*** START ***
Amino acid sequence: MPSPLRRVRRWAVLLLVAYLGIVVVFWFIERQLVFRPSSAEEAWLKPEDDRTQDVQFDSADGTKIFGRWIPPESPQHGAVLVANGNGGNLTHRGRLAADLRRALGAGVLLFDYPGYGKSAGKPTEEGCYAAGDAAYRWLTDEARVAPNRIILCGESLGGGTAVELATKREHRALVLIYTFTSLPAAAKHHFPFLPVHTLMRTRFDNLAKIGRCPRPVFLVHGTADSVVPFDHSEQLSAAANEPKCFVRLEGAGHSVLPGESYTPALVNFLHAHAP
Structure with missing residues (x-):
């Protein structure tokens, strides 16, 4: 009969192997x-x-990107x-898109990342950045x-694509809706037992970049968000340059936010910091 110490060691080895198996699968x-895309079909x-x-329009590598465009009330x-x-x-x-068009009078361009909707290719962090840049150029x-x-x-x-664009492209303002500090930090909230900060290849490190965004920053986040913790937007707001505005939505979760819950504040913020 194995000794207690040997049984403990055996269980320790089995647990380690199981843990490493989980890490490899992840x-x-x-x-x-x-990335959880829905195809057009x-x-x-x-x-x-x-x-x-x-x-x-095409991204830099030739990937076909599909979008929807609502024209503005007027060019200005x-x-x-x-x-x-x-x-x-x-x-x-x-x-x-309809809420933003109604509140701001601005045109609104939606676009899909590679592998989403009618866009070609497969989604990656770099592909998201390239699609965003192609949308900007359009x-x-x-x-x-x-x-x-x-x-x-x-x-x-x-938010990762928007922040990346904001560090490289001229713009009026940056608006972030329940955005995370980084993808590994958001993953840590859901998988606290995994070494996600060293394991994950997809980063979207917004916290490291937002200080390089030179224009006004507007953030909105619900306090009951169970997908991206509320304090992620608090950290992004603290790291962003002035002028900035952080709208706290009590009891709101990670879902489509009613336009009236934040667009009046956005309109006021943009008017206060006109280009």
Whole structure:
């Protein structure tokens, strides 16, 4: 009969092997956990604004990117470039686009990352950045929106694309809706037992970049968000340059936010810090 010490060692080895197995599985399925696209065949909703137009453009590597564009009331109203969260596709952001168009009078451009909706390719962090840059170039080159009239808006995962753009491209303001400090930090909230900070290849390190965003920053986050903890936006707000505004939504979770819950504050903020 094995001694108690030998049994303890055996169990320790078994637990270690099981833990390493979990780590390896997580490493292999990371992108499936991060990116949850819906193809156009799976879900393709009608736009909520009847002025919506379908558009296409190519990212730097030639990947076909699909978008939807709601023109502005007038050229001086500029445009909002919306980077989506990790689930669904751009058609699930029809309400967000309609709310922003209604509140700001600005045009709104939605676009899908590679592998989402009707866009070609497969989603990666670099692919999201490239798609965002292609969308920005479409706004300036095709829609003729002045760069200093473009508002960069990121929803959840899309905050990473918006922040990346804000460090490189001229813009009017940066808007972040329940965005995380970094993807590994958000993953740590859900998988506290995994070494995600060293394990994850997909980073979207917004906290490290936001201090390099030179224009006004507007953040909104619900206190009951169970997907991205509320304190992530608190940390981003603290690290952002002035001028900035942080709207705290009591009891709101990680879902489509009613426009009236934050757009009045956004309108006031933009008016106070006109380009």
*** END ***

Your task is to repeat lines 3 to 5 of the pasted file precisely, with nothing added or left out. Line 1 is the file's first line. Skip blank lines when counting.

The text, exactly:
């Protein structure tokens, strides 16, 4: 009969192997x-x-990107x-898109990342950045x-694509809706037992970049968000340059936010910091 110490060691080895198996699968x-895309079909x-x-329009590598465009009330x-x-x-x-068009009078361009909707290719962090840049150029x-x-x-x-664009492209303002500090930090909230900060290849490190965004920053986040913790937007707001505005939505979760819950504040913020 194995000794207690040997049984403990055996269980320790089995647990380690199981843990490493989980890490490899992840x-x-x-x-x-x-990335959880829905195809057009x-x-x-x-x-x-x-x-x-x-x-x-095409991204830099030739990937076909599909979008929807609502024209503005007027060019200005x-x-x-x-x-x-x-x-x-x-x-x-x-x-x-309809809420933003109604509140701001601005045109609104939606676009899909590679592998989403009618866009070609497969989604990656770099592909998201390239699609965003192609949308900007359009x-x-x-x-x-x-x-x-x-x-x-x-x-x-x-938010990762928007922040990346904001560090490289001229713009009026940056608006972030329940955005995370980084993808590994958001993953840590859901998988606290995994070494996600060293394991994950997809980063979207917004916290490291937002200080390089030179224009006004507007953030909105619900306090009951169970997908991206509320304090992620608090950290992004603290790291962003002035002028900035952080709208706290009590009891709101990670879902489509009613336009009236934040667009009046956005309109006021943009008017206060006109280009």
Whole structure:
């Protein structure tokens, strides 16, 4: 009969092997956990604004990117470039686009990352950045929106694309809706037992970049968000340059936010810090 010490060692080895197995599985399925696209065949909703137009453009590597564009009331109203969260596709952001168009009078451009909706390719962090840059170039080159009239808006995962753009491209303001400090930090909230900070290849390190965003920053986050903890936006707000505004939504979770819950504050903020 094995001694108690030998049994303890055996169990320790078994637990270690099981833990390493979990780590390896997580490493292999990371992108499936991060990116949850819906193809156009799976879900393709009608736009909520009847002025919506379908558009296409190519990212730097030639990947076909699909978008939807709601023109502005007038050229001086500029445009909002919306980077989506990790689930669904751009058609699930029809309400967000309609709310922003209604509140700001600005045009709104939605676009899908590679592998989402009707866009070609497969989603990666670099692919999201490239798609965002292609969308920005479409706004300036095709829609003729002045760069200093473009508002960069990121929803959840899309905050990473918006922040990346804000460090490189001229813009009017940066808007972040329940965005995380970094993807590994958000993953740590859900998988506290995994070494995600060293394990994850997909980073979207917004906290490290936001201090390099030179224009006004507007953040909104619900206190009951169970997907991205509320304190992530608190940390981003603290690290952002002035001028900035942080709207705290009591009891709101990680879902489509009613426009009236934050757009009045956004309108006031933009008016106070006109380009």